Lois spoke into the microphone that reached down from her earpiece.
“Davis, here are the logistics. After all the interns have cleared the area, secure the grounds, and walk POTUS and FLOTUS over to the food truck. Let everyone press the flesh, and have them back under cover in four minutes.”
“Roger.” Davis responded.
She looked across the Kennedy Lawn at the horde of college-age men and women noshing on free food. Her feelings were split between envious disgust, and plain envy. They had youth, and infinite possibilities on their side, when she had scandals, responsibilities, and an awful bargain to deal with.
It was her turn to go to the truck and press the flesh with the idiots who were hiding the most precious thing to National Security she could imagine.
She’d gone over the reports of the surveillance from the previous few days and nights in a cursory manner. They weren’t even remotely a threat to her, the President, or anyone other than themselves… and that threat was basically due to being crazy and stupid. It didn’t occur to these cheese-loving, craft-hippies, that nothing came for free.
“Good afternoon!” Lois exclaimed as the approached the window in the side of the truck.
“Hi there!” Donna replied, not entirely understanding why the dark-haired woman walking towards them set off all her internal alarms. “What can we make for you?”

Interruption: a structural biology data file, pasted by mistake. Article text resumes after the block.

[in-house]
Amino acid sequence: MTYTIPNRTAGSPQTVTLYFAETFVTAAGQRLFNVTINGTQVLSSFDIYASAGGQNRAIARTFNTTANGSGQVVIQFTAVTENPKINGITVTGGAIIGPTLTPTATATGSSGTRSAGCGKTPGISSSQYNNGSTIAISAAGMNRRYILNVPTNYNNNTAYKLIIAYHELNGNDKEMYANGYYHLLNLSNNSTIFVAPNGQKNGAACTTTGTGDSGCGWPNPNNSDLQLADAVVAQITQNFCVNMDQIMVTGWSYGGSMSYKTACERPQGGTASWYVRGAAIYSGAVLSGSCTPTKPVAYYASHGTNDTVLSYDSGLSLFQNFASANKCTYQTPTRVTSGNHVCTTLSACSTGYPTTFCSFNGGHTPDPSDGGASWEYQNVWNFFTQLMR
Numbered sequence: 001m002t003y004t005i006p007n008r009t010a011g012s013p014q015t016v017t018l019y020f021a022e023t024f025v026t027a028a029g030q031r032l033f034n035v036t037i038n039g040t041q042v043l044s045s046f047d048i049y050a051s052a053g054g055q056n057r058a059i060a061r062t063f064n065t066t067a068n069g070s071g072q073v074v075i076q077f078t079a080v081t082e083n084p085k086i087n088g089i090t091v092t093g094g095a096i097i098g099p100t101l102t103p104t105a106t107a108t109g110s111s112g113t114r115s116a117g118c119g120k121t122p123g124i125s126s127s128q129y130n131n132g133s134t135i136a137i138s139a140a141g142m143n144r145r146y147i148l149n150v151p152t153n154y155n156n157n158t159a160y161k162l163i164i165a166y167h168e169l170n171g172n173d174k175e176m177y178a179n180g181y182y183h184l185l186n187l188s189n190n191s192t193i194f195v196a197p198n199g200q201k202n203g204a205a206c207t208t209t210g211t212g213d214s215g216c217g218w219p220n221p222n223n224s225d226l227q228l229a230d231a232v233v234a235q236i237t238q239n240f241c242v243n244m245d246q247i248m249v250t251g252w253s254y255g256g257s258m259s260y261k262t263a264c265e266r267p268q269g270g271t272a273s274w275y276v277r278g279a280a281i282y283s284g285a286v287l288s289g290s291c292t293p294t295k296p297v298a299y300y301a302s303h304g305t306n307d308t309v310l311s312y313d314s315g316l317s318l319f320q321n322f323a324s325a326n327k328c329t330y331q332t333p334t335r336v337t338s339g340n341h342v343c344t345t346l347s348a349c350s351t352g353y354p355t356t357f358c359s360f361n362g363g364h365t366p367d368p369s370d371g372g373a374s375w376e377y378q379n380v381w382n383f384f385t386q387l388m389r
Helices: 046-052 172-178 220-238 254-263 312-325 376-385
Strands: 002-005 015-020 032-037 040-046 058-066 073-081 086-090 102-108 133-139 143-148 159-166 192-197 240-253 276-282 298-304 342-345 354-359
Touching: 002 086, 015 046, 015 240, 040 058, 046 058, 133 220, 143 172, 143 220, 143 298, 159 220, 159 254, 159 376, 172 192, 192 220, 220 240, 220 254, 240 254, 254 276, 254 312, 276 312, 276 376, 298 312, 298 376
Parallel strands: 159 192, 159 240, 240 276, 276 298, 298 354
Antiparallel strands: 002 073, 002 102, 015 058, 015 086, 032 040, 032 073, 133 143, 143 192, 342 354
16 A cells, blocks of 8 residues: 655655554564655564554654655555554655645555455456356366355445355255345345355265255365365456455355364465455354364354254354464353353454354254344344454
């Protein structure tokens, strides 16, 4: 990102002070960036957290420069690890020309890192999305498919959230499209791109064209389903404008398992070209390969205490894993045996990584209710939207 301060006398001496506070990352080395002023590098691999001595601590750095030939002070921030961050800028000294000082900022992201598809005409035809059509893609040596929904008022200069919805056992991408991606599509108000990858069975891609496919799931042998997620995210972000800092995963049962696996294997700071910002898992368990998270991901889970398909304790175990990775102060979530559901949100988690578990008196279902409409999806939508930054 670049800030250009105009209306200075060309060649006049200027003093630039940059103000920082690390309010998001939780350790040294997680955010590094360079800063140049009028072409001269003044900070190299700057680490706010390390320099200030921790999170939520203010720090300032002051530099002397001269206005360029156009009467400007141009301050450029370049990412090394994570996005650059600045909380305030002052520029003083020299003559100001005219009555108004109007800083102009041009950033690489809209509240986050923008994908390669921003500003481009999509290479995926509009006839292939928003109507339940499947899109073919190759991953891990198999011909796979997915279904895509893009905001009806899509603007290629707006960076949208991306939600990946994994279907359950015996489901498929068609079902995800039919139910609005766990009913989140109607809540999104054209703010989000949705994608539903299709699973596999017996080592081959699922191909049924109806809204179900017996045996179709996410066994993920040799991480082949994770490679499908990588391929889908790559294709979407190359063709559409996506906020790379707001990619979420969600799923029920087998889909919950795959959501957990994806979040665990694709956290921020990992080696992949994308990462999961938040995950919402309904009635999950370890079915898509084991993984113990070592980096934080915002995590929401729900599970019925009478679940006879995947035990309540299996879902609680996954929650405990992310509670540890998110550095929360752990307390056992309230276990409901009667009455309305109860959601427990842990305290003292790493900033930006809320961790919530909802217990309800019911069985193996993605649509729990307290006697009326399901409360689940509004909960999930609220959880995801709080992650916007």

Lois looked over the menu on the side of the truck, to the right of the window, and actually had to think about it. The descriptions of their offerings sounded pretty good, and provoked an unusual reaction in her: she smiled.
“What are the interns going wild for?” Lois asked the bubbly blond at the window.
“Well, they’re hopping up and down over the Political Puffs. They’re also pretty interested in the Red Light District stuffed tomatoes. We’re getting a lot of orders for the Press Crush sandwich, too.”
“I don’t want to copy them too much, but I think I’d like an order of the puffs, a Life Coach sandwich, and… I can’t decide on which dessert. What do you recommend?”
Donna looked thoughtful for a moment, and turned to ask someone inside the truck what they thought, in context of what Lois was ordering.
Someone with the deepest voice Lois had ever heard answered.
“Life Coach? The Merry-in-Berry parfait. Definitely.”
“Thanks, Logan!” Donna said, and turned back to the woman at the window.
“Was that Logan Manleigh?” Lois asked.
“Yep.” Donna turned and told him to come over. “Logan, say hi.”
The man was so tall he was bent over in the truck, and folded himself down more to poke his head out the window. Lois was surprised at the man’s nearly-Roman features. It wasn’t what one would expect with a surname like Manleigh.
“Hi. I’m Logan.” He stuck his hand out.
Lois reached up and shook it.
“Lois Nasen-Hedges. I’m the President’s Social Secretary. Thank you for being so willing to visit us, and put up with the security measures.”
“No! Thank you! We’re thrilled to be here… but a little nervous about serving the President and First Lady.” His anxiousness was written all over his face, and Lois found it strangely charming.
“Just be your, obviously, charming selves. The First Lady is really, really, looking forward to trying your dishes fresh from the truck.” Lois didn’t have to lie. Mrs. Chillum had been perky all morning.